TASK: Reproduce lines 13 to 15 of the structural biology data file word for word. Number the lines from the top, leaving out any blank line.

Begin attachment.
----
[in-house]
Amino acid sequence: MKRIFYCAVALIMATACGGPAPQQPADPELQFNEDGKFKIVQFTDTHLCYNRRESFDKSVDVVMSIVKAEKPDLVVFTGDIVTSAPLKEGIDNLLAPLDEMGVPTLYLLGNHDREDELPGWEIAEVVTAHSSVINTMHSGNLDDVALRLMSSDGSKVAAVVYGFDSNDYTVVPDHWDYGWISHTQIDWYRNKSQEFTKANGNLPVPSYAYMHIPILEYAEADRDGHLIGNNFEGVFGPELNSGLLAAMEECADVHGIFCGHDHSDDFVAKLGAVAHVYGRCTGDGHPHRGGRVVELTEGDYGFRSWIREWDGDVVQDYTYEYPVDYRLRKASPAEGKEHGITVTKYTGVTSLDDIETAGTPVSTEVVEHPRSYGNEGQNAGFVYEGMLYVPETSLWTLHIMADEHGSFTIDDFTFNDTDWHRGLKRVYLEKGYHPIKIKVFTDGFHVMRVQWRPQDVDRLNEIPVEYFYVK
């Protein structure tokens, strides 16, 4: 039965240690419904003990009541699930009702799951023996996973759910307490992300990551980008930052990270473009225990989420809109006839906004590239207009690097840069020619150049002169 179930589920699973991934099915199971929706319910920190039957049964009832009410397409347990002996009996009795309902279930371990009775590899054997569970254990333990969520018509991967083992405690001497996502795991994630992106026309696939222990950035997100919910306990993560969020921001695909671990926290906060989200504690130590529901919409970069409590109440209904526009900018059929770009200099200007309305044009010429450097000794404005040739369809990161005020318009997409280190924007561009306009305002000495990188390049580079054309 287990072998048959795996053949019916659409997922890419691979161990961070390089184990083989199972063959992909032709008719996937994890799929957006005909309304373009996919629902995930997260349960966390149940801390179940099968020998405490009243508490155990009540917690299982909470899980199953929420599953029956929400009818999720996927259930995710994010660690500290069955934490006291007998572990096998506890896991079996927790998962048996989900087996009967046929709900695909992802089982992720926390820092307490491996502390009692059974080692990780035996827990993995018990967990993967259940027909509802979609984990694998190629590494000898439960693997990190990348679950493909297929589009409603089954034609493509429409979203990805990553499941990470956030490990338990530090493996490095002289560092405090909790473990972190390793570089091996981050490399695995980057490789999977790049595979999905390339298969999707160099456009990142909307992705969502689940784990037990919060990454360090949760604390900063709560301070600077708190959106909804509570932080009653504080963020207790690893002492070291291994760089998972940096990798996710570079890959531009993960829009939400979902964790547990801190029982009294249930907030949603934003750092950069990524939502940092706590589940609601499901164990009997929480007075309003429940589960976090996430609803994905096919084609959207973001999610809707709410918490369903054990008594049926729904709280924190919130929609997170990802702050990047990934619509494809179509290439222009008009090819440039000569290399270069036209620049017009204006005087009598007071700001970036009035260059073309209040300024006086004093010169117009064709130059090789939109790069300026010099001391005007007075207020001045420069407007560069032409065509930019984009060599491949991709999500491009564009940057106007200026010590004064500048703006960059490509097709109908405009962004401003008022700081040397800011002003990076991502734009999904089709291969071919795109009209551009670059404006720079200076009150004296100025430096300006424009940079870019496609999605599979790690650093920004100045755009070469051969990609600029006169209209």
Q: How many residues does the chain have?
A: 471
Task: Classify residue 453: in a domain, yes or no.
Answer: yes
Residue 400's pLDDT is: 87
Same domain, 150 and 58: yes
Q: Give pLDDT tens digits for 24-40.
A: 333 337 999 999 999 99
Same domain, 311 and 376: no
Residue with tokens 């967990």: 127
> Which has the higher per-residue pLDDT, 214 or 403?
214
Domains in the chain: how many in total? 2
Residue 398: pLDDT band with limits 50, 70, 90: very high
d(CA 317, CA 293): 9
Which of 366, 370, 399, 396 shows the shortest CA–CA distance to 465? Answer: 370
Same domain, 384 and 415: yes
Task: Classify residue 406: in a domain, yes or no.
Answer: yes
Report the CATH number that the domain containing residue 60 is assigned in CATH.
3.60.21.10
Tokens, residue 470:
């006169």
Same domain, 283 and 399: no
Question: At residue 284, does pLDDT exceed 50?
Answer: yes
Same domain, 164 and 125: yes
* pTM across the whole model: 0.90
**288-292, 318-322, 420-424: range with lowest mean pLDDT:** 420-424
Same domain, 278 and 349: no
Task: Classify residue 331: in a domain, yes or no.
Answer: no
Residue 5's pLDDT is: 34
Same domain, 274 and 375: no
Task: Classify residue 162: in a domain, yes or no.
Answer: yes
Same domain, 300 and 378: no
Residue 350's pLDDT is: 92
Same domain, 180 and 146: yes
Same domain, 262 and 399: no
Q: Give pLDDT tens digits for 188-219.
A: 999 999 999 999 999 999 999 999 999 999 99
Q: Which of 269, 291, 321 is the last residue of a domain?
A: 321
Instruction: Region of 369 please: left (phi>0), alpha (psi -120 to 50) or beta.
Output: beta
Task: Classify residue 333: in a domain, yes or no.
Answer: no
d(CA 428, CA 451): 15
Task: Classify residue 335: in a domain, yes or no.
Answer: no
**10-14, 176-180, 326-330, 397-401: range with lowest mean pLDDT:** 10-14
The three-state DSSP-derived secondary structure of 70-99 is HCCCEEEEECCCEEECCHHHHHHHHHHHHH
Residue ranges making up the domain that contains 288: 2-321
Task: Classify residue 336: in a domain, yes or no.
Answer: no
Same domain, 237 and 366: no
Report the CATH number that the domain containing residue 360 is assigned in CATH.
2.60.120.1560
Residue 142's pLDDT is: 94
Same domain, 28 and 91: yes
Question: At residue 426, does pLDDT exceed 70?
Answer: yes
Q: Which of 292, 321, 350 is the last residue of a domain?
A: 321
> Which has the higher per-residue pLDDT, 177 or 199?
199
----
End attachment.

Residue with tokens 């967990």: 127
> Which has the higher per-residue pLDDT, 214 or 403?
214